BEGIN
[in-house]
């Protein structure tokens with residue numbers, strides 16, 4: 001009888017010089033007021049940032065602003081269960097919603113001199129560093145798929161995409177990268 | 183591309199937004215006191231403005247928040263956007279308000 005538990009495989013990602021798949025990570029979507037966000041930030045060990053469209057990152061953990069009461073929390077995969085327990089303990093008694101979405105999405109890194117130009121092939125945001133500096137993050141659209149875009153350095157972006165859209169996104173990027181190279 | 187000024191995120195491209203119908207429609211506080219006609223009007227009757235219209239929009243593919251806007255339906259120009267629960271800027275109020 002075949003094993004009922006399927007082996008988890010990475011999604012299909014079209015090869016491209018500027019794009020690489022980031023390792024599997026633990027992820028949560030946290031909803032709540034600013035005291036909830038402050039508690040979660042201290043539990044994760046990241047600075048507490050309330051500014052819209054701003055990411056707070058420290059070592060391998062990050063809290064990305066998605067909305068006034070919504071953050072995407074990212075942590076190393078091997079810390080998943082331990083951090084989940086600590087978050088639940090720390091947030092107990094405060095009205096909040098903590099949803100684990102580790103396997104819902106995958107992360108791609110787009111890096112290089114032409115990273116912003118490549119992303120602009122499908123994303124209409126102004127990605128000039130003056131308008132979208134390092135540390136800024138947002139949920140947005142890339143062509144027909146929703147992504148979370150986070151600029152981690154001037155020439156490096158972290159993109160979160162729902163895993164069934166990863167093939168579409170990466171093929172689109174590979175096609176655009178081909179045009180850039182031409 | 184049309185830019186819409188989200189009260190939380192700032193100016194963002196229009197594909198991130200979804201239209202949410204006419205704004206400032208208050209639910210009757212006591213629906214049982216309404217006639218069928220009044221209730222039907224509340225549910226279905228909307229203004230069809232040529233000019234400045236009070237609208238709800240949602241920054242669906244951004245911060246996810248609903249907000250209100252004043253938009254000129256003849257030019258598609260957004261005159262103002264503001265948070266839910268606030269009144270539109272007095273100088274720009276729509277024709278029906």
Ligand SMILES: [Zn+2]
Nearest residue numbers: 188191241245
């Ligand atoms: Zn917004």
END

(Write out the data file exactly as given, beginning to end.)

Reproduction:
[in-house]
């Protein structure tokens with residue numbers, strides 16, 4: 001009888017010089033007021049940032065602003081269960097919603113001199129560093145798929161995409177990268 | 183591309199937004215006191231403005247928040263956007279308000 005538990009495989013990602021798949025990570029979507037966000041930030045060990053469209057990152061953990069009461073929390077995969085327990089303990093008694101979405105999405109890194117130009121092939125945001133500096137993050141659209149875009153350095157972006165859209169996104173990027181190279 | 187000024191995120195491209203119908207429609211506080219006609223009007227009757235219209239929009243593919251806007255339906259120009267629960271800027275109020 002075949003094993004009922006399927007082996008988890010990475011999604012299909014079209015090869016491209018500027019794009020690489022980031023390792024599997026633990027992820028949560030946290031909803032709540034600013035005291036909830038402050039508690040979660042201290043539990044994760046990241047600075048507490050309330051500014052819209054701003055990411056707070058420290059070592060391998062990050063809290064990305066998605067909305068006034070919504071953050072995407074990212075942590076190393078091997079810390080998943082331990083951090084989940086600590087978050088639940090720390091947030092107990094405060095009205096909040098903590099949803100684990102580790103396997104819902106995958107992360108791609110787009111890096112290089114032409115990273116912003118490549119992303120602009122499908123994303124209409126102004127990605128000039130003056131308008132979208134390092135540390136800024138947002139949920140947005142890339143062509144027909146929703147992504148979370150986070151600029152981690154001037155020439156490096158972290159993109160979160162729902163895993164069934166990863167093939168579409170990466171093929172689109174590979175096609176655009178081909179045009180850039182031409 | 184049309185830019186819409188989200189009260190939380192700032193100016194963002196229009197594909198991130200979804201239209202949410204006419205704004206400032208208050209639910210009757212006591213629906214049982216309404217006639218069928220009044221209730222039907224509340225549910226279905228909307229203004230069809232040529233000019234400045236009070237609208238709800240949602241920054242669906244951004245911060246996810248609903249907000250209100252004043253938009254000129256003849257030019258598609260957004261005159262103002264503001265948070266839910268606030269009144270539109272007095273100088274720009276729509277024709278029906």
Ligand SMILES: [Zn+2]
Nearest residue numbers: 188191241245
């Ligand atoms: Zn917004």